- President Trump takes the unusual step of complaining about a strong dollar.
- "As your President, one would think that I would be thrilled with our very strong dollar. I am not!" he tweets.
President Donald Trump made his support of a weak dollar official, saying Thursday he is disappointed in the strong currency and is blaming the Federal Reserve.
"As your President, one would think that I would be thrilled with our very strong dollar. I am not!" the president said.
The urging for a weak greenback is unusual for presidents, who generally have refrained from making statements that would influence the currency markets. Forex traders have reacted sharply to administration comments previously seen as backing a weak-dollar policy. Treasury Secretary Steven Mnuchin, for instance, in early January made comments that he said were misinterpreted that nonetheless coincided with a dollar sell-off.
But Trump spoke out strongly, saying the dollar's high value compared with its global competitors has been hurting U.S.-based multinationals including Caterpillar, Boeing and John Deere, as well as automakers.
The dollar index was little changed against a basket of its global competitors in morning trade, edging lower following the president's comments.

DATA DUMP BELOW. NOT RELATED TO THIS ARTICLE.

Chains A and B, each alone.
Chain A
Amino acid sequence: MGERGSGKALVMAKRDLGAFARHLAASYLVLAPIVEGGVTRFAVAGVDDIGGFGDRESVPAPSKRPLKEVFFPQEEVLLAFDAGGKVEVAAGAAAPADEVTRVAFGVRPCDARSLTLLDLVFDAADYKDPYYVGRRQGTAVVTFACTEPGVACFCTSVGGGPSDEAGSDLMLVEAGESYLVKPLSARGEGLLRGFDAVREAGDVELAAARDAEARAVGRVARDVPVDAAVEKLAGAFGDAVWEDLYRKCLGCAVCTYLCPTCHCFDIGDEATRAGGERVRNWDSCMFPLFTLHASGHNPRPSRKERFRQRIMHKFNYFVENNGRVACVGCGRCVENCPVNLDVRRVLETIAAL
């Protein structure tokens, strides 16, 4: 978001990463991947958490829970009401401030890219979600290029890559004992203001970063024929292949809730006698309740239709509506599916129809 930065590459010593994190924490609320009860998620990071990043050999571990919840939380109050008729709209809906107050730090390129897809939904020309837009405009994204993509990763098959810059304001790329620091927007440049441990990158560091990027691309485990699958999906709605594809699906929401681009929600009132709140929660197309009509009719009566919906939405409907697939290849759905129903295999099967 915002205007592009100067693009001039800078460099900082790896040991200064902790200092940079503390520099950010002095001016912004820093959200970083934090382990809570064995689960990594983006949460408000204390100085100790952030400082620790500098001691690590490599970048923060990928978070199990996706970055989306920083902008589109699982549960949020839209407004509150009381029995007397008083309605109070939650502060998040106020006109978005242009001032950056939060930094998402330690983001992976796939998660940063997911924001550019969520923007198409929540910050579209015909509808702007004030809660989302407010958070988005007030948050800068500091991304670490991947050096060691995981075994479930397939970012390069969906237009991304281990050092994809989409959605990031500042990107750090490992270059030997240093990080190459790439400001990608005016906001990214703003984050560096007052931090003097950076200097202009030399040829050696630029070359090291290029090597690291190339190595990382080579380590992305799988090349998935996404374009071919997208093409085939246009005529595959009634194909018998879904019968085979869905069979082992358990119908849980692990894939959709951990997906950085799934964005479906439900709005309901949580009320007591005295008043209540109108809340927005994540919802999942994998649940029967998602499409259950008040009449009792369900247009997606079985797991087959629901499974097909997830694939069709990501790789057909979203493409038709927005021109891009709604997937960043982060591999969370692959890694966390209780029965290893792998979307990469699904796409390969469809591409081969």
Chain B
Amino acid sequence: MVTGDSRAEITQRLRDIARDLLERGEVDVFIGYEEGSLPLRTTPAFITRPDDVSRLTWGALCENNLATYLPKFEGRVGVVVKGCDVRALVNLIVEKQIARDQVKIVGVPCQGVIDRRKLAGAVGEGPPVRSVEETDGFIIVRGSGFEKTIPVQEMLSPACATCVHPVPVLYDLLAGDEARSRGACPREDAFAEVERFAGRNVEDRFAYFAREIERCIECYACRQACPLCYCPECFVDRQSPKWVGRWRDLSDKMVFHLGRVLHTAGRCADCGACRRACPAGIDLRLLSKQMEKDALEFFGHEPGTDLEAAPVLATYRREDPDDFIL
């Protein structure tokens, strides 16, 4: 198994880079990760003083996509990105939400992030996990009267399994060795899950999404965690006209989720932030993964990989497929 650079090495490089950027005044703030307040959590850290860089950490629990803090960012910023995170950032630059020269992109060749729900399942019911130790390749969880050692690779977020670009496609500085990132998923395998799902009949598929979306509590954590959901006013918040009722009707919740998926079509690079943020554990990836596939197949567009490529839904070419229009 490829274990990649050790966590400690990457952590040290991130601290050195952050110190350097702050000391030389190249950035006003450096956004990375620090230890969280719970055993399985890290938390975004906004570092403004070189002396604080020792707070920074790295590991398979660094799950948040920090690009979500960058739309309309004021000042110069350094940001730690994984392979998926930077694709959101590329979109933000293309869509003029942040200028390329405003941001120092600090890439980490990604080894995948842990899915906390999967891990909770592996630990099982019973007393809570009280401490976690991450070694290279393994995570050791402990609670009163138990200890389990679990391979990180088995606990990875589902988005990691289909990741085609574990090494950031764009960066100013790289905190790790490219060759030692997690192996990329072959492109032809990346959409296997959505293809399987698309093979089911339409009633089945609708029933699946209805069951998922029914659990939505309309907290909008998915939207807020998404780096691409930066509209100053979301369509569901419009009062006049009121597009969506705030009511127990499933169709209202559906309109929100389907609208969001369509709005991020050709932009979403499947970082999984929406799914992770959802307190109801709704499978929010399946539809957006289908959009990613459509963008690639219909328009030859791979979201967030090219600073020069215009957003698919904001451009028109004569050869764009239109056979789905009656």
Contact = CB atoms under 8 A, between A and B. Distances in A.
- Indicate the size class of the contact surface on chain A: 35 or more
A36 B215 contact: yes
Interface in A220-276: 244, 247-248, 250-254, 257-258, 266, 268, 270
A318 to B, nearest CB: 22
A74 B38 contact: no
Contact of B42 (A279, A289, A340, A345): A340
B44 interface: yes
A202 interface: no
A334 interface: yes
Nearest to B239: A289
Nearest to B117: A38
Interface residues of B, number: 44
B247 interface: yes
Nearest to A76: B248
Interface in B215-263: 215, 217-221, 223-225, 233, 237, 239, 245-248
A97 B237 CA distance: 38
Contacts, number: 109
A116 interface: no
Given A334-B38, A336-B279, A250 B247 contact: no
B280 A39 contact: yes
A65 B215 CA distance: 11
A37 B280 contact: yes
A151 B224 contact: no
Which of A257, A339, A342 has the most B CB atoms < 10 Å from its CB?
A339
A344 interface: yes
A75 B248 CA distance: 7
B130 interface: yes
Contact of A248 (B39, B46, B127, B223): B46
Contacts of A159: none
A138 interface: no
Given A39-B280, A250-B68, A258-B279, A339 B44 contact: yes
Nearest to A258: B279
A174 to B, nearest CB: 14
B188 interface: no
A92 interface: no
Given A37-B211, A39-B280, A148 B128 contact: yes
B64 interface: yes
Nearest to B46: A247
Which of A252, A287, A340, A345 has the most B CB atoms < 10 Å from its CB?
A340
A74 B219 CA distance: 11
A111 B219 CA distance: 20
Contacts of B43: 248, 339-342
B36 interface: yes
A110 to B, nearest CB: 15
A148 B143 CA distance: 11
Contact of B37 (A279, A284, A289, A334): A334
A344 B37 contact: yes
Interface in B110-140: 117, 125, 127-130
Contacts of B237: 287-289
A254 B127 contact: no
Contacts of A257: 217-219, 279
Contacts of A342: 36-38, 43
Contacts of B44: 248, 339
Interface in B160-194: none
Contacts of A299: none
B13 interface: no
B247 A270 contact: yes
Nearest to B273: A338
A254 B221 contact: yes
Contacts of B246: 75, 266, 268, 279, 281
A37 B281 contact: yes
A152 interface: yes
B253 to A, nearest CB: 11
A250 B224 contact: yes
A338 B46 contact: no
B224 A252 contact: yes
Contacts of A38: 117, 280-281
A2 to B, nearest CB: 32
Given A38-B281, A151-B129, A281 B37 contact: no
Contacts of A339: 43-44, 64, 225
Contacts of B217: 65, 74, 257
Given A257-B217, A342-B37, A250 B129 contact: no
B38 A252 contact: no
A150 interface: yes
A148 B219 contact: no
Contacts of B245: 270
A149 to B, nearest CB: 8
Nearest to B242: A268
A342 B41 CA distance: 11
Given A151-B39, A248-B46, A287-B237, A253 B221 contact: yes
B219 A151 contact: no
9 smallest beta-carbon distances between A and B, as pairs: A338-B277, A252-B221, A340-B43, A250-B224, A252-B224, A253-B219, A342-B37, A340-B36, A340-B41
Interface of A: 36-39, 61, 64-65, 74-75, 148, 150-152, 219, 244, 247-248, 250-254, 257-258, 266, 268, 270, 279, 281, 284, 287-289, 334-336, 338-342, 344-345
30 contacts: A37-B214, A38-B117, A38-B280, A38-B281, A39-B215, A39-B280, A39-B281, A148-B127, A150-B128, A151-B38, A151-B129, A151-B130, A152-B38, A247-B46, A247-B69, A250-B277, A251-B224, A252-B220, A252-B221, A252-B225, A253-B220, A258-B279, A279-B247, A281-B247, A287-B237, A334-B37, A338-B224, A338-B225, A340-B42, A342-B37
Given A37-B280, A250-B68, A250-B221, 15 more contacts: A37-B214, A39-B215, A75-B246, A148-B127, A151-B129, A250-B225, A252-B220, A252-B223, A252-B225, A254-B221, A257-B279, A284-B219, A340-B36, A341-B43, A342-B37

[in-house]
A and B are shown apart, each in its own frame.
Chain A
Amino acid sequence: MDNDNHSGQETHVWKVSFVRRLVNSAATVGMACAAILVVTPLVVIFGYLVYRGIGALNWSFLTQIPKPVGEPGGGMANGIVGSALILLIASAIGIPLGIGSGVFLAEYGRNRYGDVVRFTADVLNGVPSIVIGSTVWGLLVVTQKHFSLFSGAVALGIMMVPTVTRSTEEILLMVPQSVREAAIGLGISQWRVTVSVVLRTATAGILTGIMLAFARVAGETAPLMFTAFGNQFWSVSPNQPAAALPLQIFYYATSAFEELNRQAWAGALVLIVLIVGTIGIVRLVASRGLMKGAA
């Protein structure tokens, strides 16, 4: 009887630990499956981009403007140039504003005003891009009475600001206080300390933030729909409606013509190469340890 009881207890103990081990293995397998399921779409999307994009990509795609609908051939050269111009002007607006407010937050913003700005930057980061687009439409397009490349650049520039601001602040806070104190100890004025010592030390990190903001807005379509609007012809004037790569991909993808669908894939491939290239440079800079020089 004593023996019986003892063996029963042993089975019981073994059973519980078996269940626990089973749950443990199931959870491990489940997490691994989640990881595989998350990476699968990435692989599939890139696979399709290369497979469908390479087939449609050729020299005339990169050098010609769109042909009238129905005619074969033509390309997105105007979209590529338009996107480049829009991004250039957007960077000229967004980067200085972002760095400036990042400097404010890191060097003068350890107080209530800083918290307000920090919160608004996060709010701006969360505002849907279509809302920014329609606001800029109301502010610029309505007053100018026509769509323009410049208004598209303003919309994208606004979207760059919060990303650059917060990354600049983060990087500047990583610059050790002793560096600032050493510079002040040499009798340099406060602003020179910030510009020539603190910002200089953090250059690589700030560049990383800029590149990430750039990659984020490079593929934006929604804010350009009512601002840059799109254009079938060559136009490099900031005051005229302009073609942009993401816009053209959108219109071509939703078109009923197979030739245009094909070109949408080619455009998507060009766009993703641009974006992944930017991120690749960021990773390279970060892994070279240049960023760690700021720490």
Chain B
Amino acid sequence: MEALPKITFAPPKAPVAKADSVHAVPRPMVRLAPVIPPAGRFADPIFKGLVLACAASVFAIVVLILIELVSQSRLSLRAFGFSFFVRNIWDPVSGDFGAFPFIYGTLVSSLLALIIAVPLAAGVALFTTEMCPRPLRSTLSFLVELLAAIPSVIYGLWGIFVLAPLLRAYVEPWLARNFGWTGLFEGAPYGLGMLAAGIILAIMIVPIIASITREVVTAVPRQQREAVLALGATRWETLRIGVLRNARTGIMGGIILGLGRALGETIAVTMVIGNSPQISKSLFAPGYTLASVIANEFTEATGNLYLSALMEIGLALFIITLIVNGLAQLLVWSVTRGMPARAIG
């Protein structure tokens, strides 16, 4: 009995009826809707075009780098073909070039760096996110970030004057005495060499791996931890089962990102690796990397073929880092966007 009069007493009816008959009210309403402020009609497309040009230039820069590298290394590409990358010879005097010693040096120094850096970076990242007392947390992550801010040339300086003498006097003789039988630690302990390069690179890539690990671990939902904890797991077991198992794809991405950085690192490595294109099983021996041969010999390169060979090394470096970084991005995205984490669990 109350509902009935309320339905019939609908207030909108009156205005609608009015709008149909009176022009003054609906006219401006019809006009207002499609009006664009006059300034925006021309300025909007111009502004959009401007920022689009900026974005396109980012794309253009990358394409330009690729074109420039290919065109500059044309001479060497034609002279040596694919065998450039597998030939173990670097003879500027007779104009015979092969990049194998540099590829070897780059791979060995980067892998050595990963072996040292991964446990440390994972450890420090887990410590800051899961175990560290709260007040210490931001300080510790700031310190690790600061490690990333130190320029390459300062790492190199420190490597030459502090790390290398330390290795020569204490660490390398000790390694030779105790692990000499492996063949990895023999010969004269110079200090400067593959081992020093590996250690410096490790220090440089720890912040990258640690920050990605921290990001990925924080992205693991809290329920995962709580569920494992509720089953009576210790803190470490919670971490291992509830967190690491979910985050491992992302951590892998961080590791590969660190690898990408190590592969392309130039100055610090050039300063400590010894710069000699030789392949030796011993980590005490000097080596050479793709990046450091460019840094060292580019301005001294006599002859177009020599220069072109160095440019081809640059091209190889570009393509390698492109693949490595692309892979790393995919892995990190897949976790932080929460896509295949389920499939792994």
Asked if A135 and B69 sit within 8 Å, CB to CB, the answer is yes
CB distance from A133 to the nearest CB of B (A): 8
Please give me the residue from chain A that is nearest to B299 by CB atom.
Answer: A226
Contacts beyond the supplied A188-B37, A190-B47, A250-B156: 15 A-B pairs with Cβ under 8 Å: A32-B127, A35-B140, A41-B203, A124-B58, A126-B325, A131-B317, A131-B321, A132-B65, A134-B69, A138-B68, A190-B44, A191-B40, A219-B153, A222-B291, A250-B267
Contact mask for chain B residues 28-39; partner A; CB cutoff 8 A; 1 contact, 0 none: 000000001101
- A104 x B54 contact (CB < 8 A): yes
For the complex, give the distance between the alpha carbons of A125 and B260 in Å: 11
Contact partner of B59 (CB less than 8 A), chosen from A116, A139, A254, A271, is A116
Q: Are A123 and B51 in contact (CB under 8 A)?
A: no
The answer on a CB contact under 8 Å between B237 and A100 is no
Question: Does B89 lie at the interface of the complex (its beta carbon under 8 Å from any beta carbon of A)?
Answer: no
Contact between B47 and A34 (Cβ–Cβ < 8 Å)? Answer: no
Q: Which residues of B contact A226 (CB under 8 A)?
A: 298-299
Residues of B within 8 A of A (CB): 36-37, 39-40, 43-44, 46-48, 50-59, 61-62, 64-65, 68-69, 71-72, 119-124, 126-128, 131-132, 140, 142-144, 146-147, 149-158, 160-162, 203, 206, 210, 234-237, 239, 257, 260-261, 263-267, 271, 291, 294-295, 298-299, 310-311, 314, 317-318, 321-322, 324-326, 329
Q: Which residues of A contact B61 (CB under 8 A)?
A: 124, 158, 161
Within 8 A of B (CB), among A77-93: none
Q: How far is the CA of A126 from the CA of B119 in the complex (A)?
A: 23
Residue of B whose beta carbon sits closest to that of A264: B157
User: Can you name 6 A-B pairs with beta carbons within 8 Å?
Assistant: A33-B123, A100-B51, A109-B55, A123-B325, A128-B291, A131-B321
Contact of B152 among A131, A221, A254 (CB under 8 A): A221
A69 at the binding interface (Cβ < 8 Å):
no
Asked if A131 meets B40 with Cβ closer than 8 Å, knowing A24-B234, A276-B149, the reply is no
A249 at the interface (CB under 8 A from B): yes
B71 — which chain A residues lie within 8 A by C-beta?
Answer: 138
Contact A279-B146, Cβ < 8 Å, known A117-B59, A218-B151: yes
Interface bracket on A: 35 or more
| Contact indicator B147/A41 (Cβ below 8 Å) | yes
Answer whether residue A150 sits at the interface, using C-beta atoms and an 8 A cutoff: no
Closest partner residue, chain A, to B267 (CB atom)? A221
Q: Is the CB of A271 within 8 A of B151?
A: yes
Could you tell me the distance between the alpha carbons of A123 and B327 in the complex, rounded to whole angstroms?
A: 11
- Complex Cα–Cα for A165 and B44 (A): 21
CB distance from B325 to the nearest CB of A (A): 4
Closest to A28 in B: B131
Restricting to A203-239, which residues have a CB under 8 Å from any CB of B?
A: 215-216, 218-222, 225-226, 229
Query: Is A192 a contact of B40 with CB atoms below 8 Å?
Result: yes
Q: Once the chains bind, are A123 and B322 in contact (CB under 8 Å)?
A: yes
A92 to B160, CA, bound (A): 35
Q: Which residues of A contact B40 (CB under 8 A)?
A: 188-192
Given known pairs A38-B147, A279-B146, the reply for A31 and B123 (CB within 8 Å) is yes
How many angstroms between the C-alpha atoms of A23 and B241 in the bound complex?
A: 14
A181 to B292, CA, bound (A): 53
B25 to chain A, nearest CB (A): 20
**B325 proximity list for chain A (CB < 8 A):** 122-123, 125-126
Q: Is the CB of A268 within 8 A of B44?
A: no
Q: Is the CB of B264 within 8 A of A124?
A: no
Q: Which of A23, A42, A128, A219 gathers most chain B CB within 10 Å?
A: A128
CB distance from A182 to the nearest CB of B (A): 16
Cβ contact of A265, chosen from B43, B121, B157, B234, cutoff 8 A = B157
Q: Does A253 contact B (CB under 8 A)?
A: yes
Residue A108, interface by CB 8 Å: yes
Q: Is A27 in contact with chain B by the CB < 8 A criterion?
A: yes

As he has multiple times in the past, Trump took out his disappointment on the Fed. He has repeatedly called for the central bank to cut interest rates, with a series of tweets Wednesday urging "bigger and faster" action than the quarter-point cut the Fed approved last week.
"With substantial Fed Cuts (there is no inflation) and no quantitative tightening, the dollar will make it possible for our companies to win against any competition," he said Thursday. Trump continues to reference "quantitative tightening" even though the Fed ended the program of reducing its bond holdings a week ago.
"We have the greatest companies in the world, there is nobody even close, but unfortunately the same cannot be said about our Federal Reserve," he added. "They have called it wrong at every step of the way, and we are still winning. Can you imagine what would happen if they actually called it right?"
Trump hasn't always favored a strong dollar. In 2012, before he ran for office, Trump blasted the Fed for "destroying the dollar."